The New U reports that Laya was told by Irvine Police Detective Tom Goodbrand that the OCDA decided to not press charges against Cheng. That's followed by an unidentified OCDA spokesperson saying the agency has "no record of
the case under Cheng's name at the time.”
Susan Schroeder, the OCDA chief of staff, today gave a possible explanation to the Weekly: The employee keyed into a computer search the wrong spelling of the suspect's name, and without a date of birth, the Cheng file could not be found at the time the New U called.
Engen says she told Lee to contact the OCDA again to find out what happened to the case. It was Schroeder's understanding the reporter did not do that. But Lee tells the Weekly she spoke with the OCDA's office several times throughout last week and gave several spellings of Cheng's name, including his birth date, and nothing came up.
Lee concedes she was encouraged to call the OCDA back if she could get any more arrest information out of Irvine Police but that no additional details were released to her.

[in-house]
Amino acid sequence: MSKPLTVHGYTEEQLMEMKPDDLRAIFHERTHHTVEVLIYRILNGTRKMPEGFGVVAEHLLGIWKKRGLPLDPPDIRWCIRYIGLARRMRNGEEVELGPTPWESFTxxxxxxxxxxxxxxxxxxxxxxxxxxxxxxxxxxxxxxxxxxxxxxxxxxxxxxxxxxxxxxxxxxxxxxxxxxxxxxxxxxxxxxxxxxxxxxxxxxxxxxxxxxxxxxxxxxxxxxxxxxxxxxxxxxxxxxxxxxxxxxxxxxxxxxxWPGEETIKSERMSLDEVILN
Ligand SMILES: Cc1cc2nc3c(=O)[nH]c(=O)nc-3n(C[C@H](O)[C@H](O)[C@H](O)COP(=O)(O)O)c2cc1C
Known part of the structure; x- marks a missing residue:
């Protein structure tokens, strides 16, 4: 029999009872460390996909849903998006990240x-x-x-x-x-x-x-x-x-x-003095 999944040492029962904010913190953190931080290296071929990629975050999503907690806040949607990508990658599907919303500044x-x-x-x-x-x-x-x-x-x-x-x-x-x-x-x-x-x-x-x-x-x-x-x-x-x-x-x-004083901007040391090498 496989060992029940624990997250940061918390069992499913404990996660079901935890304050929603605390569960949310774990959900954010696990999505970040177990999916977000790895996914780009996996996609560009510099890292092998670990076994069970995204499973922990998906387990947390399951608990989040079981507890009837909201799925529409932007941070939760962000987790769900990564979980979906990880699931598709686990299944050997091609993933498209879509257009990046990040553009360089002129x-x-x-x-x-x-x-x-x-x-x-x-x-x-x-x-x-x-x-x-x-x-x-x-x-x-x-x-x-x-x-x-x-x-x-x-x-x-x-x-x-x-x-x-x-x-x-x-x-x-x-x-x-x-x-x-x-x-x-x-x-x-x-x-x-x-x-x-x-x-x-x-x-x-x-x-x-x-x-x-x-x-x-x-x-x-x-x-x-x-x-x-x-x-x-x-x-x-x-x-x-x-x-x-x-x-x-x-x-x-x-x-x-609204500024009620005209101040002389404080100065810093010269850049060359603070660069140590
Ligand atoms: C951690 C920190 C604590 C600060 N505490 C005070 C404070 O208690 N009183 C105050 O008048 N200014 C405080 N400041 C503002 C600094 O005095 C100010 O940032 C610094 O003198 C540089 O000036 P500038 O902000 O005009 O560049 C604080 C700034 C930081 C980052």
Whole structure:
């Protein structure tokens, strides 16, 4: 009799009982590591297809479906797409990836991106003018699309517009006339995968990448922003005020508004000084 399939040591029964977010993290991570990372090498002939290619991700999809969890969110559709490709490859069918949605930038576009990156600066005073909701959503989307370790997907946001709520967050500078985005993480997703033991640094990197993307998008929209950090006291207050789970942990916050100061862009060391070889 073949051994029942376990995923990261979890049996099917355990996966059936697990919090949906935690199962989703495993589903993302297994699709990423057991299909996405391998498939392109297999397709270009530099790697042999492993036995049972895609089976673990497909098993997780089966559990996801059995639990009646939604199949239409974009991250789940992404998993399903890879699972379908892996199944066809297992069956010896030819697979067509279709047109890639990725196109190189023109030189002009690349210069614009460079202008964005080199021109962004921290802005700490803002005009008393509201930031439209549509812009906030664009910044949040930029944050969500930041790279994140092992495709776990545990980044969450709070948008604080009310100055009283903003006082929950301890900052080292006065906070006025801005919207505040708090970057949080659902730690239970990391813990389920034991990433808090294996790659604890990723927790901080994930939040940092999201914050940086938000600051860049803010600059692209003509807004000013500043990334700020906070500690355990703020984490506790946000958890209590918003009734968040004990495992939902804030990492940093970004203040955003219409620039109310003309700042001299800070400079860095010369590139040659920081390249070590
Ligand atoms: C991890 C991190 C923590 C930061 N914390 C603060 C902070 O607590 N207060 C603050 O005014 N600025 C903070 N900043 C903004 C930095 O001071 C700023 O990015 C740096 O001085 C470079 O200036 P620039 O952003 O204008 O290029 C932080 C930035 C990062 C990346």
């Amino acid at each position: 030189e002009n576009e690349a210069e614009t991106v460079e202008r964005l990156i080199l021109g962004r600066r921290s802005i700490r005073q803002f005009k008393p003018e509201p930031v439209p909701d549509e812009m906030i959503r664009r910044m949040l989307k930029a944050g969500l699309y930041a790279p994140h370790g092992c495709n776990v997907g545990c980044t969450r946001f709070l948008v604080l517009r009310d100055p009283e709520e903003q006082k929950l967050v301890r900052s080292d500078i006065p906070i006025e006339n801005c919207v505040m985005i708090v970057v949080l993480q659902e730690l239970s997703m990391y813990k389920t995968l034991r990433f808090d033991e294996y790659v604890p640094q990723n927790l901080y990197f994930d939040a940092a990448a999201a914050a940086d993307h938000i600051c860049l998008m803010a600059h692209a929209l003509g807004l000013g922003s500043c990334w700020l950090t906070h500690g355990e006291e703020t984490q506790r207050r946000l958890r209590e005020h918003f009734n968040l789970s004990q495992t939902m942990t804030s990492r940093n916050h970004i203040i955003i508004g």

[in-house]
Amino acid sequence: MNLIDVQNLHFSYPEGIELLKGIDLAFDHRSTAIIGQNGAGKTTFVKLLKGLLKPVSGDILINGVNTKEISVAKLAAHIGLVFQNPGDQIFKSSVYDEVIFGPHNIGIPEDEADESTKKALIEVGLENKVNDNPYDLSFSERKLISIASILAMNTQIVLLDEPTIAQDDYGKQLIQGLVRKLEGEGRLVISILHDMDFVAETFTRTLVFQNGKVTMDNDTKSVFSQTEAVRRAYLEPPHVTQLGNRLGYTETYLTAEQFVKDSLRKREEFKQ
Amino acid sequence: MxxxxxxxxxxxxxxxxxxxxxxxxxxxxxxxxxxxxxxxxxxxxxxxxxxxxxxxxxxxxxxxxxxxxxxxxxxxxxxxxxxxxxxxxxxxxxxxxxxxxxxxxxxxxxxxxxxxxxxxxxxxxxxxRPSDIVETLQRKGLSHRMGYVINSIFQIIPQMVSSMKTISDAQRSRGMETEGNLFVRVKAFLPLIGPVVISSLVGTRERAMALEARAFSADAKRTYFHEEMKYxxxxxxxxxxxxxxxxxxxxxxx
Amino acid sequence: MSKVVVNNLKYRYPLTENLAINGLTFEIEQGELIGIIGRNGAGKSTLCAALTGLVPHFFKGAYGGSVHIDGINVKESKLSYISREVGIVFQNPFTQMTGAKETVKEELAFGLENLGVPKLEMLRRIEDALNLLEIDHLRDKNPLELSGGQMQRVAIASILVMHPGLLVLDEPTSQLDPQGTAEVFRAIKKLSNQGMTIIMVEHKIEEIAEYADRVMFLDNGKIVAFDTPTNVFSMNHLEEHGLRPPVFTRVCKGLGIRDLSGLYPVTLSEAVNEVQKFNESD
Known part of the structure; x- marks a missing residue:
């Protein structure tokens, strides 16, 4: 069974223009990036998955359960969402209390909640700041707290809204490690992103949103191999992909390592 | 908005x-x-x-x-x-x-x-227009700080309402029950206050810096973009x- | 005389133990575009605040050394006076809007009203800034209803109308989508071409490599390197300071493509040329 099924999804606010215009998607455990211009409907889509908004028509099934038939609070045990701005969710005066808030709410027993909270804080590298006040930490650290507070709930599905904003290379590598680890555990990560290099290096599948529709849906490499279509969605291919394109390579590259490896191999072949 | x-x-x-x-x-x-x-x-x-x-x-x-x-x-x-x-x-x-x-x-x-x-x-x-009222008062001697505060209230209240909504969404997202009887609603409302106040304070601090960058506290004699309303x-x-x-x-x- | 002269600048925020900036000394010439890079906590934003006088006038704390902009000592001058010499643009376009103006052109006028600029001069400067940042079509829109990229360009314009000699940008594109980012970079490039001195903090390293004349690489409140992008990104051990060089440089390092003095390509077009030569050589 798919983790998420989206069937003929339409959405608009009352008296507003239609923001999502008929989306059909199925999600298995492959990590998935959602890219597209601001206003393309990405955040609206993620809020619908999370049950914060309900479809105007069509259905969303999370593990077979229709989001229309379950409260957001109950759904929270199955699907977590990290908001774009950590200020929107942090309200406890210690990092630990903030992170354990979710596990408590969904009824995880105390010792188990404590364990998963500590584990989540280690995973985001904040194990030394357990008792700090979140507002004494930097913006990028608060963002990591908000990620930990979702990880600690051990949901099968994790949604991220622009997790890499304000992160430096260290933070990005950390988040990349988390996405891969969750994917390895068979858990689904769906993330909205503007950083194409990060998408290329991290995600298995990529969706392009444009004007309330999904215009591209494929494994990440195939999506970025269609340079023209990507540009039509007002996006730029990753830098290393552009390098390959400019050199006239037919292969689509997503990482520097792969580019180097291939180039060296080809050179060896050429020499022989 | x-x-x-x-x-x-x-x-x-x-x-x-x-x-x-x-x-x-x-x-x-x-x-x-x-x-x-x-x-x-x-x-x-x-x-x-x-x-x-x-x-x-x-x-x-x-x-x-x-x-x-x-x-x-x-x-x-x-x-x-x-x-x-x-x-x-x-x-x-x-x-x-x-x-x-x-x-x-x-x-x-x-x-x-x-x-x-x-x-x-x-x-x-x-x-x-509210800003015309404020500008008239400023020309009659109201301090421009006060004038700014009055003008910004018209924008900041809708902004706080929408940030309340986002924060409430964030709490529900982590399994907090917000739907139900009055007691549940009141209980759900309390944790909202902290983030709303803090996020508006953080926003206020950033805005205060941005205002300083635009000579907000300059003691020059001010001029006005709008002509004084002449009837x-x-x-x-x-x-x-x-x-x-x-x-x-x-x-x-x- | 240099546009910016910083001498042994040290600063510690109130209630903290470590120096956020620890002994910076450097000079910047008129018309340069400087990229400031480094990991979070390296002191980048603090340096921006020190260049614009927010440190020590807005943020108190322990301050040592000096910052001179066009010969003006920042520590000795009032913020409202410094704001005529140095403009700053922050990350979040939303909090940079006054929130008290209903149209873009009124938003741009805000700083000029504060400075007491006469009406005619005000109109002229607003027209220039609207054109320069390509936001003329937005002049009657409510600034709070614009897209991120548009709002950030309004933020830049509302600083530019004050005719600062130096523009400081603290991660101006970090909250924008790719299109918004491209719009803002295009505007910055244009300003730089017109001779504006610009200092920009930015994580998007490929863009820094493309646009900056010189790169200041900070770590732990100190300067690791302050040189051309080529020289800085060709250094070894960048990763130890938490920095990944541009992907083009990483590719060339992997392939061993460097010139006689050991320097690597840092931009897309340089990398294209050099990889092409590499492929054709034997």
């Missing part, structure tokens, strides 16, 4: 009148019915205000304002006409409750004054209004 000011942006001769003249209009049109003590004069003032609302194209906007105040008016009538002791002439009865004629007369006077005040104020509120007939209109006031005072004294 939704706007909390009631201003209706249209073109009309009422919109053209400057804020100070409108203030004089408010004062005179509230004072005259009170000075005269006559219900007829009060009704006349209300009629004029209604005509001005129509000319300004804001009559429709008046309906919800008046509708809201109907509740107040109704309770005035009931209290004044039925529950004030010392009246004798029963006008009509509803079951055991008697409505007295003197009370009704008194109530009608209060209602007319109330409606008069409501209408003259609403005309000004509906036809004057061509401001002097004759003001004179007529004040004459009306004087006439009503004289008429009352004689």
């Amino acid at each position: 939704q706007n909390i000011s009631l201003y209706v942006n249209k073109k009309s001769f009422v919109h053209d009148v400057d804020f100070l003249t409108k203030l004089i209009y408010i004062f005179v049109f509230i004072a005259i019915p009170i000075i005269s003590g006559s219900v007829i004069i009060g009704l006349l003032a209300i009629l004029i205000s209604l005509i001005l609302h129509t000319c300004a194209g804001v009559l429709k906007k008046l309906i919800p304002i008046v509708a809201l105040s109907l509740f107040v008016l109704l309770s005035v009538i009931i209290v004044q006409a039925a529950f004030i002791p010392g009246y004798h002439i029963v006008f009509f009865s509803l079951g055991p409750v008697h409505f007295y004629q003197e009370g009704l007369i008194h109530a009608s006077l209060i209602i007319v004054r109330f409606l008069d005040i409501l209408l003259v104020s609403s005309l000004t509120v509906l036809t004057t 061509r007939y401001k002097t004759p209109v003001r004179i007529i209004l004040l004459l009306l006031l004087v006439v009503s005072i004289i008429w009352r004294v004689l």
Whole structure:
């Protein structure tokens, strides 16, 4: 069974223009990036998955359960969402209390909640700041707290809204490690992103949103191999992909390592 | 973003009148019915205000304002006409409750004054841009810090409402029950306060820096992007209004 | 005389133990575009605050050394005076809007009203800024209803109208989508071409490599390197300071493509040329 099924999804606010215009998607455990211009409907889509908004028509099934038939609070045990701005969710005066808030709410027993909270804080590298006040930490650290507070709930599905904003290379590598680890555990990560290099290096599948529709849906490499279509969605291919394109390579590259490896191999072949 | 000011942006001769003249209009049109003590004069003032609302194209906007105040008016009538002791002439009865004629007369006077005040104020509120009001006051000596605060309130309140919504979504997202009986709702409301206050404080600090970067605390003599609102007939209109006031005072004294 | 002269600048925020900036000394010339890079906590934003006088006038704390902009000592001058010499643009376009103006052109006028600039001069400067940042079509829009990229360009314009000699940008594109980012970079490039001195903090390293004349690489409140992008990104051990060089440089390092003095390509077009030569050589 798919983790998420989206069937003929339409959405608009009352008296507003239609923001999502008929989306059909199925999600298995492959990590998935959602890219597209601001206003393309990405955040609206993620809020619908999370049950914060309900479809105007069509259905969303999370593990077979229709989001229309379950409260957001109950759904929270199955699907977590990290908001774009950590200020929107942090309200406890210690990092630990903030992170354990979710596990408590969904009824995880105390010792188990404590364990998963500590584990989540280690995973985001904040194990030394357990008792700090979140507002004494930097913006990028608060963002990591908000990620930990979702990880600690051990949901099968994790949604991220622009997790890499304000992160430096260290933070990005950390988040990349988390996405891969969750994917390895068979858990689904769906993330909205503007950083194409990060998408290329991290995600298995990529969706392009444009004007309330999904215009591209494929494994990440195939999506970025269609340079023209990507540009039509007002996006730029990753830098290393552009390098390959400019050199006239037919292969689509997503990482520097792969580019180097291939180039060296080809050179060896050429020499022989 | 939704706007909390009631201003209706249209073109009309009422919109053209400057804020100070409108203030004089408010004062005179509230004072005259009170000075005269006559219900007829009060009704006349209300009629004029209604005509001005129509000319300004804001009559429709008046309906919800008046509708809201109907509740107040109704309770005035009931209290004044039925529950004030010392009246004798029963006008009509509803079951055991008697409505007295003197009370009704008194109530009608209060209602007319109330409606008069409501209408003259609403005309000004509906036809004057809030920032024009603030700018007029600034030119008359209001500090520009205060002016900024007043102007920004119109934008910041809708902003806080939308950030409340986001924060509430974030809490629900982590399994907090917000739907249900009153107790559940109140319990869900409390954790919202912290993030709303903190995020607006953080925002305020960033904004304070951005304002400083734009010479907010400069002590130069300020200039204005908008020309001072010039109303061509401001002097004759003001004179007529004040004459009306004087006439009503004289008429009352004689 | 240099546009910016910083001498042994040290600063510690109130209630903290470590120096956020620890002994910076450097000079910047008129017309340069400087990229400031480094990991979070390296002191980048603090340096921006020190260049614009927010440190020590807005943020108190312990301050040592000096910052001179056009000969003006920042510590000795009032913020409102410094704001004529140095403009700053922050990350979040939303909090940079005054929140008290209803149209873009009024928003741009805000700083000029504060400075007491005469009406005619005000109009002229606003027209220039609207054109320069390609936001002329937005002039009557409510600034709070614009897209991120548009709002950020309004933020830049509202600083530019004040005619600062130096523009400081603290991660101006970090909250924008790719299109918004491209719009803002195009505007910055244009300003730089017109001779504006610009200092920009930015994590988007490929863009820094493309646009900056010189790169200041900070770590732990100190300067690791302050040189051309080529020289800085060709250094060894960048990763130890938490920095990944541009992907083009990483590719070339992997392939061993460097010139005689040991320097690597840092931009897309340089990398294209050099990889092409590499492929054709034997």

"I can assure you we did our due diligence,” Lee tells me.
Schroeder, meanwhile, vowed to report back to the Weekly with the reason charges were not filed. Once that comes, this post will be updated.
Laya also reportedly alerted UCI's
Office of Student Conduct in November, after Cheng's arrest. Lee writes that police, New University and the Office of Student
Conduct have acquired copies of several e-mails from October in which Cheng apologizes repeatedly to his alleged victim.
The Office of Student
Conduct investigation apparently remains open, but with the criminal case dead–or at least in limbo pending more evidence–Laya decided to open up now to New University.
'”I hesitated to talk to the New U
for a long time because I was scared Jesse would retaliate, and as
someone in his position, he has people around him who can and who have
gone out of their way to silence me and convince me not to report the
assault,” Laya reportedly said. "I don't want to let him silence me anymore.”